Spectacle Lakes were and are amazing. Huge lakes, surrounded by high peaks. With a ton of campsites. This would be our 4th night out.

We picked an amazing area and saw no one else out there.

The winds howled all day, but once the sun set, the winds stopped overnight.

For a few years I used the solo REI tent I called the escape pod (the 2 man version was the mother ship). It was tiny, but had a lot of room and I could sit up in it. It wasn’t freestanding however, so it was always tricky to set up if it was on rock. I was tired that night and slipped asleep quickly. Morning came early as my friend Dani (standing in the above photo), woke me up before dawn. We would see a sliver of light just cresting in the East. It was maybe 4 am. She wanted to hike bug free and in the cold. Couldn’t blame her. We were on the trail before the lake basin saw light.

The hike from the basin up was pure hiking gold. The early sun bathed us, and the miles went fast as we hiked up the ridge.

Looking far down at Spectacle.


Cresting the top of the ridge. The sun was almost there.

We entered Park Lakes, a collection of pretty subalpine lakes set in a hanging meadow.

It was a peaceful hike here, and it goes far too fast.

And then we were ready to start the climb up to the pass to start the Chikamin Traverse.

As we swung to the other side.

I took almost no photos. I focused on the miles of the traverse, looking ahead, not off to my side. The trail is narrow and full of pebbles. For me this was not an enjoyable section. It really got me with fear of heights. Since I didn’t take photos, the trail is up high, but below the ridge. You walk around the head of a bowl, if you will. There are no trees, and the trail sits cut out of the side, with 1000’s of feet below you.

Nearing the end of the traverse. Mount Rainier in the far distance, peeking up.

Finally we came to the end of the long traverse and there was ground to walk on. I was never so happy to pass Steve finally…..

Looking back.

Of course looking back it never looks as bad as the mind has you think it was.

Mount Rainier in the far distance, with I-90 down low. You could hear traffic sounds at times, in the wind, though we were many miles away.

I left everyone eating and set off to be by myself. I was feeling the trip and was out of sorts mentally. My Mother had passed away a few days before the trip, and the trip had given me a long time of quiet to think over the miles. As I worked my way down to a wide area I saw a herd of mountain goats.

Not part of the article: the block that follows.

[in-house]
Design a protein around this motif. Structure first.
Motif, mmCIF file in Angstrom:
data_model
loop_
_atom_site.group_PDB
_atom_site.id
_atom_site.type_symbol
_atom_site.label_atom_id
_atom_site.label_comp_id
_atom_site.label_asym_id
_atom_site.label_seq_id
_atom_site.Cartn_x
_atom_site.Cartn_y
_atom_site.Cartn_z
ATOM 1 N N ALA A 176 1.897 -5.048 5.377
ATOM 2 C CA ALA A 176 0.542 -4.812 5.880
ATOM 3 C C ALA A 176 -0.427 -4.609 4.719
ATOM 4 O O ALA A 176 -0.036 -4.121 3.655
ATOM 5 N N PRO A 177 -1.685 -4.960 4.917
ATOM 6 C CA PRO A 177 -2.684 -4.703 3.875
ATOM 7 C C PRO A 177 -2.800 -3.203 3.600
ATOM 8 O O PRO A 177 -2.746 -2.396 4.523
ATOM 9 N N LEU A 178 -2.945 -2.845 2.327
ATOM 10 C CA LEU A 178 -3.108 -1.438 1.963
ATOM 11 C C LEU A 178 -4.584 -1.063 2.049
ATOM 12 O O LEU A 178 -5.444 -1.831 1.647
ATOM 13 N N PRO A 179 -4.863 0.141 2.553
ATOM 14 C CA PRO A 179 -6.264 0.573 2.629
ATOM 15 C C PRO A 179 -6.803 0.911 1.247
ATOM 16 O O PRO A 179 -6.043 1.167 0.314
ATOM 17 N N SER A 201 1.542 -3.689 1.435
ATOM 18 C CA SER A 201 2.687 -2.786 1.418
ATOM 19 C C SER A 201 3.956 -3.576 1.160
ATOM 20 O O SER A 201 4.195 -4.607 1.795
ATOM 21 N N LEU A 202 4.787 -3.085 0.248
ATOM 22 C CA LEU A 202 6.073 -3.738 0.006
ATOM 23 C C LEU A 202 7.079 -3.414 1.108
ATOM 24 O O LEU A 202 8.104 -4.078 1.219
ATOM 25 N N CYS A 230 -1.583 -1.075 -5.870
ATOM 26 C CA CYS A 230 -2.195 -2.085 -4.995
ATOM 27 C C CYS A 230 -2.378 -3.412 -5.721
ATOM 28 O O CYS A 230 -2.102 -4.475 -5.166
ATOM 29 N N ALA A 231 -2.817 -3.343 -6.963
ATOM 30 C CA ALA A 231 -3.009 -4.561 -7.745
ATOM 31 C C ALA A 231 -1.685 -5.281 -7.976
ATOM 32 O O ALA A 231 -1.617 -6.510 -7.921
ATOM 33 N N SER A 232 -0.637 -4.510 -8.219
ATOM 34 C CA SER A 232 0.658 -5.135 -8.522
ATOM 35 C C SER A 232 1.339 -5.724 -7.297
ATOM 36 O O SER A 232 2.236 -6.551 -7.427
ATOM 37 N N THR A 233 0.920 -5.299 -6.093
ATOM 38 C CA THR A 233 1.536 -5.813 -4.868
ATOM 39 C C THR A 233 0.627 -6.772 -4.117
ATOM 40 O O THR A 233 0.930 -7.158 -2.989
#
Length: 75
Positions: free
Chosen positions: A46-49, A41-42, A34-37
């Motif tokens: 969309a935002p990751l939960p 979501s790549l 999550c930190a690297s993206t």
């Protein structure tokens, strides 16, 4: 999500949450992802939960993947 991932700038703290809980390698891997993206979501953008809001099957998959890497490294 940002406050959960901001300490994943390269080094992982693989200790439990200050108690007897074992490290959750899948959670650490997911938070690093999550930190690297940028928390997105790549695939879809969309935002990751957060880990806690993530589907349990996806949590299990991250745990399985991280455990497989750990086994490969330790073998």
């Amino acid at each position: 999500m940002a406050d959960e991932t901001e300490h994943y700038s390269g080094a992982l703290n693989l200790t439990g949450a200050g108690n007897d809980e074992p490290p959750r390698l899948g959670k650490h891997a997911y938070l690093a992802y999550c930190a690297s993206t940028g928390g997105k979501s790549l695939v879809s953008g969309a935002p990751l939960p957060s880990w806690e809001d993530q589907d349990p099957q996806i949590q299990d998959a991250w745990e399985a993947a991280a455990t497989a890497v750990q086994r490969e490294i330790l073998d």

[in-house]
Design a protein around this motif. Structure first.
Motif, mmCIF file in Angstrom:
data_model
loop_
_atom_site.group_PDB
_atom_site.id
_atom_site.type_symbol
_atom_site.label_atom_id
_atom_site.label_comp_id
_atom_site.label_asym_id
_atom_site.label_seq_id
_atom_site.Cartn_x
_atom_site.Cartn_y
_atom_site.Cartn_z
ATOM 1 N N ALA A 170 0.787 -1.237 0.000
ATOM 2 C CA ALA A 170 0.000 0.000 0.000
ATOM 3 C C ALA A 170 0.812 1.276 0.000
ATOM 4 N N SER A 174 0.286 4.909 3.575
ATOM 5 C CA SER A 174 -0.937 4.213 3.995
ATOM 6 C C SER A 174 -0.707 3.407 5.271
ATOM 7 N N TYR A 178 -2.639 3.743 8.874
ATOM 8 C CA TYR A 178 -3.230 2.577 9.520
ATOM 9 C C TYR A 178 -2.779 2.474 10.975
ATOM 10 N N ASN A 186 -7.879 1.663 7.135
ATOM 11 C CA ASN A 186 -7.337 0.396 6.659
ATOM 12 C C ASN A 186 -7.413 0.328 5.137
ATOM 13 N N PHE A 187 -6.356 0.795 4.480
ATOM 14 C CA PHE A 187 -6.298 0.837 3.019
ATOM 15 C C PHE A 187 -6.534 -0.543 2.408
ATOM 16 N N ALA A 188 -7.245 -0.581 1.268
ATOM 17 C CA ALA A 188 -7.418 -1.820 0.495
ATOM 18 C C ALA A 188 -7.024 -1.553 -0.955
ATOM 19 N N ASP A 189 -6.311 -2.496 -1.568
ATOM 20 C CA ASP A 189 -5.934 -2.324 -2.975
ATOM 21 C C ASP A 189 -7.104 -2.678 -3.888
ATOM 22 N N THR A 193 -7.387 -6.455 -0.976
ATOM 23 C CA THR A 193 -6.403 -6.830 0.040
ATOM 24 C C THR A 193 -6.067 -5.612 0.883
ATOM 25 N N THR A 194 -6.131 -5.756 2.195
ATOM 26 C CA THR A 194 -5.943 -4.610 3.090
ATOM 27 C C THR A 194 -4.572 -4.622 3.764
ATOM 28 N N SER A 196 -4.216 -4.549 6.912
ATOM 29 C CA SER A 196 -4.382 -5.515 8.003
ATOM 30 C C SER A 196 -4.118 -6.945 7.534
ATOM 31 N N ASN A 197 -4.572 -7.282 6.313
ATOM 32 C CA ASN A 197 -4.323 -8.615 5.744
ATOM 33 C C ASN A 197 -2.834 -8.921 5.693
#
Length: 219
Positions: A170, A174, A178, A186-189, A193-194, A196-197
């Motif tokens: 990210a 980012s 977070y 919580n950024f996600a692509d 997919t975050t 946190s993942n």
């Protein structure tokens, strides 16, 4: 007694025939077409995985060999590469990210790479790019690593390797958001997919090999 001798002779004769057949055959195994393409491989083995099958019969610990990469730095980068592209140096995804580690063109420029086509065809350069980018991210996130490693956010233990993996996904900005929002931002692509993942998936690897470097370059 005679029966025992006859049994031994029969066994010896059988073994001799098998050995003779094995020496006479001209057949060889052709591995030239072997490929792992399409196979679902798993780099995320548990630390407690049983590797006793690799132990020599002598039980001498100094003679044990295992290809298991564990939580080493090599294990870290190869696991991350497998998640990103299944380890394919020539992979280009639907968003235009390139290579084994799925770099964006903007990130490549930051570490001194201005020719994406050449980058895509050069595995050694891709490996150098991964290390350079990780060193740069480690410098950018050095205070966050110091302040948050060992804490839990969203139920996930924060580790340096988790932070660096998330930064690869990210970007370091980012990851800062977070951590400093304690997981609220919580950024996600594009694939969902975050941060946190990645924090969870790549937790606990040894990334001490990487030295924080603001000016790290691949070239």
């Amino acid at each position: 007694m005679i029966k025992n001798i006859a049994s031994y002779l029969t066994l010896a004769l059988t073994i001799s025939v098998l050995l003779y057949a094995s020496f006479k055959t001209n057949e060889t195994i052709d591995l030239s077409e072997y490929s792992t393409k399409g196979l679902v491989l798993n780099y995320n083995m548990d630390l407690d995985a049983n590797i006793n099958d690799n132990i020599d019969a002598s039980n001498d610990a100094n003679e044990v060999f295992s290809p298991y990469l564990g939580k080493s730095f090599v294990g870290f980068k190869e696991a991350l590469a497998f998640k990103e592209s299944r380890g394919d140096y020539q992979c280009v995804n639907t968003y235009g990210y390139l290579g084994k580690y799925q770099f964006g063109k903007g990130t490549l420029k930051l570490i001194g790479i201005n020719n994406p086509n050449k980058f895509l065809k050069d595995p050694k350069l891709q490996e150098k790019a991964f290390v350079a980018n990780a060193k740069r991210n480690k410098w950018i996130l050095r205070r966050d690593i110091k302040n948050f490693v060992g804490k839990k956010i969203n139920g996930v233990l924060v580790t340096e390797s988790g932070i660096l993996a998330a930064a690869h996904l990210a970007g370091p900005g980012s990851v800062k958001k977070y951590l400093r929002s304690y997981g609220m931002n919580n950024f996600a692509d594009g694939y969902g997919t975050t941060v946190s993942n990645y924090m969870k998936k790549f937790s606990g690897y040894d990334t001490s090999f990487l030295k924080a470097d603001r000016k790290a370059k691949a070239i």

Something about the goats clicked in me, and I knew I’d be OK.

The melt ponds were gone, but the goats were still there. This open area sits below Huckleberry Mountain. It has multiple ponds and many trails visible from above.

After I left the goats the trail wound around the ridges. It was subalpine bliss.

Joe Lake.

The hillsides were amazing here.

Ridge Lake. 7.5 miles to Snoqualmie Pass. I was ready to go home, though this was supposed to be our last night out on the trail. I had camped here years before, at Gravel Lake (which is on the other side of the trail). I was behind everyone, which wasn’t uncommon. I am short, with short legs, so I hike my hike. I caught up to them taking a break. I decided I was hiking out that day. I had called Kirk, from high on Huckleberry Mountain and got a call through.

The hike from here to Kendall Katwalk is through pleasant hillsides and meadowy areas. It goes fast.

Kendall Katwalk. It had been years since I was there, and it is so different late in the day, almost foreboding. I was running low on time and the sun was dipping. The hike was quiet as I quickly lost elevation, dropping down into the trees. At some point, I passed Scott Williams on his yo-yo PCT hike. I was so deeply in thought with my mind that as a man passed me, heading North, late in the day, while I thought it odd I pushed it away. Wasn’t till later that Steve asked me had I passed Scott. Oops.

The trailhead for those going North. Showing Stevens Pass and Commonwealth Basin. And with that I was nearly to the parking lot and a waiting husband to pick me up. It was a 19+ mile day and I was done.